However, this sometimes leads to conflicts or apparent contradictions in our thinking. If you compare the story of the binding of Isaac in Genesis with that of Iphegenia at Aulis from the Iliad, you will see that in both cases the deity of the child's father is commanding him to sacrifice his innocent child. In the Iliad, it is so that a wind will arise to allow the becalmed Greek fleet to set sale for Troy to win back Helen. Agamemnon is Iphegenia's father and he is leader of the campaign to get back Helen. He does sacrifice her; though God intervenes in the Genesis story to stop Abraham and thus spares Isaac. What I find interesting about these stories is less in the stories themselves than in our contemporary reactions to them. The same people who are appalled at Agamemnon's sacrifice of his daughter (just as they are appalled at the murder of others by people who murder their families because of voices they hear commanding them to do that) applaud Abraham's loyalty and trust in God. Yet, it seems to me, that from the point of view of each father, the situation is morally the same: each is receiving a command from his believed deity to sacrifice his innocent child. And the question is whether one should obey such a command. It seems to me to make no difference from the fathers' willingness to sacrifice his child that in the one story God renounces the request and in the other the father has to go through with it. Abraham was willing to go through with it, and his state of mind is, in that regard, no different from Agamemnon's. Further, Agamemnon's sacrifice did result in the favorable winds which let the fleet sail, and saved the day for the expedition. (Of course, Clytemnestra, his wife, never forgave his sacrificing Iphegenia, and later killed him when he returned from Troy -- in part for what he had done to their child. Abraham's wife Sarah, who had not had a child, Isaac, until she was 80, according to Genesis, perhaps might not have taken Abraham's action, completed or not, any more gracefully.) It is perhaps the fact that God stopped Abraham's sacrifice of Isaac that confirms the view that God does what is right, even if the means may be suspect. Yet Christians at least take some sort of appreciation in God's having allowed (or even required) the sacrifice of His only child as being necessary for the "greater good" -- their salvation.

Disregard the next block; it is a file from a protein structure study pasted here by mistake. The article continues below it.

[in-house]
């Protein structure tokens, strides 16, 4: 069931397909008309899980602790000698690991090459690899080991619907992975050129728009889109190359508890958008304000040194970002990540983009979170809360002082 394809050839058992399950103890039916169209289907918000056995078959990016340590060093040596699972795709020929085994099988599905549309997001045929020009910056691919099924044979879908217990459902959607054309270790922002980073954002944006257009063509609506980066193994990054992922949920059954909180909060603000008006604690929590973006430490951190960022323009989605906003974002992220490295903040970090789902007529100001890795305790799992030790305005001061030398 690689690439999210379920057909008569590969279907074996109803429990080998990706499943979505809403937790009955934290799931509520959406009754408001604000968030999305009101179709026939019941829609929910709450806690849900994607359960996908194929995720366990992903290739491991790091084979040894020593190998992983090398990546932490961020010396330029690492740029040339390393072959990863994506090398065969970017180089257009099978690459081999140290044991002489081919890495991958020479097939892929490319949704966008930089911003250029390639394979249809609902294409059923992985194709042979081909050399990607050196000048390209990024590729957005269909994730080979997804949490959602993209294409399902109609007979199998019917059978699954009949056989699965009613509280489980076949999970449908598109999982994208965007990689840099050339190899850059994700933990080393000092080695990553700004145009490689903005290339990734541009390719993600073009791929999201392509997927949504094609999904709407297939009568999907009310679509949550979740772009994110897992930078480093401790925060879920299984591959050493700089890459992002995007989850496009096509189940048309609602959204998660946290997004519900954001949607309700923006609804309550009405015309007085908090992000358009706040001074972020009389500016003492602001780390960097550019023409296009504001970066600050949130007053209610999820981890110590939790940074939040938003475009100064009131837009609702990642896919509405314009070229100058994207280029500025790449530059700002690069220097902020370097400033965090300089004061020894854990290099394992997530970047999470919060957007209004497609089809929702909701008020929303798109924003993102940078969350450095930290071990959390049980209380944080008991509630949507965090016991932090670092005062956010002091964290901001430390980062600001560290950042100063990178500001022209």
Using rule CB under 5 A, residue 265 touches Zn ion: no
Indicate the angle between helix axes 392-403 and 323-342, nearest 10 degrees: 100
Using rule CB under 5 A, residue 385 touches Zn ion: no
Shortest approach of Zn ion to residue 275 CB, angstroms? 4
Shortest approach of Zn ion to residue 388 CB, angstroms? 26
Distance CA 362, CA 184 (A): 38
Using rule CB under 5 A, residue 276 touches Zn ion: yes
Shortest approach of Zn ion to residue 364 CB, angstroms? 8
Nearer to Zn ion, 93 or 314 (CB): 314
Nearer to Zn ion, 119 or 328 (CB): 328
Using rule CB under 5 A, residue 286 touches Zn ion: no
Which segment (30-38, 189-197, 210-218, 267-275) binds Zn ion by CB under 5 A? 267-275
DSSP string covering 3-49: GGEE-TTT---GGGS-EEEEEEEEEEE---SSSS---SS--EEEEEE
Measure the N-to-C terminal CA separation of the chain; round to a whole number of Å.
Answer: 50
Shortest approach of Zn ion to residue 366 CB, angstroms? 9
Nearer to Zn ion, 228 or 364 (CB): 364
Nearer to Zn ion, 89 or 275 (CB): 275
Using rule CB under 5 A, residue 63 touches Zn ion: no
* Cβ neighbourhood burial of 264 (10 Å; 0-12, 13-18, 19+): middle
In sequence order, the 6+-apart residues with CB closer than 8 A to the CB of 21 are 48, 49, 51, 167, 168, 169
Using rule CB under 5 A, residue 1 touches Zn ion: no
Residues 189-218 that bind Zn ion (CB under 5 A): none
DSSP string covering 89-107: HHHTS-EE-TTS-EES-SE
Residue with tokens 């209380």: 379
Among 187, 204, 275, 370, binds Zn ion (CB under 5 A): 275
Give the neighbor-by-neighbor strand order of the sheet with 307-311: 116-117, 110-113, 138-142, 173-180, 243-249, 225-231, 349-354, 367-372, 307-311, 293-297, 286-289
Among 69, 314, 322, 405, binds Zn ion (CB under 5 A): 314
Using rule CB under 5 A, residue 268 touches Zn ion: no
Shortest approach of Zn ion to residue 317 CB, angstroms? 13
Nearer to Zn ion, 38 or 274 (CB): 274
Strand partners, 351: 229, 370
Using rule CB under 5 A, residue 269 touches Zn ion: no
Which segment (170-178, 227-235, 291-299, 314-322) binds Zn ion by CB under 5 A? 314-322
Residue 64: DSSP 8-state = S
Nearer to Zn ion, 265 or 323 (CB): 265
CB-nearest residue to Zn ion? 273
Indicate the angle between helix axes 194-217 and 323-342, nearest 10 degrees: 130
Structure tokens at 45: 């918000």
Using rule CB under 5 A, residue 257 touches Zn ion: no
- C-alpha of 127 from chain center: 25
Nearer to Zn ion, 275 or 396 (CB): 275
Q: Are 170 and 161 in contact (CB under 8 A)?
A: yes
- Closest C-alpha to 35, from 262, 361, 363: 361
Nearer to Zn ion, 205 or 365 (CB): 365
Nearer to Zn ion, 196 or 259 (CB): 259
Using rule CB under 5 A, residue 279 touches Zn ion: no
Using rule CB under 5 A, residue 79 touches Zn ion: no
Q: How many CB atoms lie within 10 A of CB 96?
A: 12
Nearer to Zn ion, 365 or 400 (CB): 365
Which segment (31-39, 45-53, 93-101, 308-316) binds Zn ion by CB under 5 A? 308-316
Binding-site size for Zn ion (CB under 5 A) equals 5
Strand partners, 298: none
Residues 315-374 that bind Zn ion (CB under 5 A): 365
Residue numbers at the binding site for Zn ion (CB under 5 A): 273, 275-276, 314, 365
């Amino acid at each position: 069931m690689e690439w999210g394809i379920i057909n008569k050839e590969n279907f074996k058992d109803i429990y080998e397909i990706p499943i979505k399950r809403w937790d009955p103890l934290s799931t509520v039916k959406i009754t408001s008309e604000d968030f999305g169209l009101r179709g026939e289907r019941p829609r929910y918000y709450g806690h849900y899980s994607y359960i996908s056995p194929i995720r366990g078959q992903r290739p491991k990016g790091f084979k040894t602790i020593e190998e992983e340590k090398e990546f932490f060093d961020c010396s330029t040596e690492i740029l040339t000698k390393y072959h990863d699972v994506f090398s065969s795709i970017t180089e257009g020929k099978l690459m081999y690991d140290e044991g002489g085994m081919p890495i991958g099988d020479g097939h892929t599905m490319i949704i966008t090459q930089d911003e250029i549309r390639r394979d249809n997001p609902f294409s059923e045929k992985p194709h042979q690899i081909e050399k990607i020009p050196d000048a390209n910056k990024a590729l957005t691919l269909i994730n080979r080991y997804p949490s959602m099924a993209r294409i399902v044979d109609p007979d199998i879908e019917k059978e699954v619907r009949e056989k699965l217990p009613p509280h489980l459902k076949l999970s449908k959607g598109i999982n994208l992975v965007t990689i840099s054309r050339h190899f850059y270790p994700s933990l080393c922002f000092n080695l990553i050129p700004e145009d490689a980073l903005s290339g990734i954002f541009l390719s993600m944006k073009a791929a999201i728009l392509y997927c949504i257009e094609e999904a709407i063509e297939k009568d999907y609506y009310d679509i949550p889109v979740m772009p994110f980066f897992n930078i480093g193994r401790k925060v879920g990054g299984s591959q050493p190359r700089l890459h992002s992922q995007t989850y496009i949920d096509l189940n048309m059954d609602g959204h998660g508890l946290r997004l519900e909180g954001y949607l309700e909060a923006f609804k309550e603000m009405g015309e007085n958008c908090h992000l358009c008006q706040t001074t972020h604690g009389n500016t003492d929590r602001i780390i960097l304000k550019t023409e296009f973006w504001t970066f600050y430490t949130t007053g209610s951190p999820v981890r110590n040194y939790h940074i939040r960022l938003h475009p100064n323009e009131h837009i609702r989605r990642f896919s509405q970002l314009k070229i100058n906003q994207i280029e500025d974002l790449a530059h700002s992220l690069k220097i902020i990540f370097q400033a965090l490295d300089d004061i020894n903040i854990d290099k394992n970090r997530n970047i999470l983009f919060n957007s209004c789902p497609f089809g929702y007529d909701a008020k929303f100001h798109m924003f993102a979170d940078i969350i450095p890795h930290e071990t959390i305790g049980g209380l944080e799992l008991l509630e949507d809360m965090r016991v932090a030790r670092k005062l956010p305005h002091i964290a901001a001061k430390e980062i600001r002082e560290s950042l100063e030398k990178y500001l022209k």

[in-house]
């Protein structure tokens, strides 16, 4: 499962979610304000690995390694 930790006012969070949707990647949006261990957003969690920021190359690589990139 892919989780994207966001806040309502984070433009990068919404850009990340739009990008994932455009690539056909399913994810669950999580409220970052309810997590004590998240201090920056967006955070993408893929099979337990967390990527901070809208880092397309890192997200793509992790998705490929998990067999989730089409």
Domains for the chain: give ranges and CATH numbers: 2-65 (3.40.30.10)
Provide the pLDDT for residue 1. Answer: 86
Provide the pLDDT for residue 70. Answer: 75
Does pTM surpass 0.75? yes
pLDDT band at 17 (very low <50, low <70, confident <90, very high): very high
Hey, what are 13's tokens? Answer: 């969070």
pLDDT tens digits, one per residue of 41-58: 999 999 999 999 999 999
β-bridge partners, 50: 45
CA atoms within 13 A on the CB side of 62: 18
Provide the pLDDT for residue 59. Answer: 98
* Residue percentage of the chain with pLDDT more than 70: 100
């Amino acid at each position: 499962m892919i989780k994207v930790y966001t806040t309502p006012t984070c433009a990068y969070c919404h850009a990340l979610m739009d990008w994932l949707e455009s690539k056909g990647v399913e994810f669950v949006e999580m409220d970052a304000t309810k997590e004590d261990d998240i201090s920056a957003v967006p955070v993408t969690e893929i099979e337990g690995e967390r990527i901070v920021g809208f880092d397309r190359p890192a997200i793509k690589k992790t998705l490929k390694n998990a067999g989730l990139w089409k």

It is therefore not clear how much stock a modern Jew or Christian will put in to an alleged modern pronouncement, or an alleged interpretation, of God's word that offends his/her own moral sensibilities. But modern Christians and Jews do seem to have such moral sensibilities even if they may be somewhat inconsistent or able to be suspended for certain traditional explanations/interpretations. And, of course, non-believers don't put any stock in the alleged word of God for their moral principles and beliefs at all.
Further as a preface to examining a lesson of the book of Job, I want to point out that much of the Talmud, the Rabbinic interpretation of the laws of Moses, is obviously based not only on the words in those laws, but on the moral sensitivity and understanding of the Rabbis whose discussions and debates comprise the Talmud. And denominational splits in different religions occur often from different human interpretations of the sacred texts of those religions -- the Bible for Jews and Christians.
So my question is what role, if any, do, or should, religious ideas of morality as commanded by a God or gods play in the governing of our behavior and in the development of our own moral sensibilities, understanding, intuitions, or beliefs or for helping us determine what is right or wrong, good or bad. And for an answer to that I want to draw from the story of Job for illustration of what seems to me to be a particularly interesting possible answer.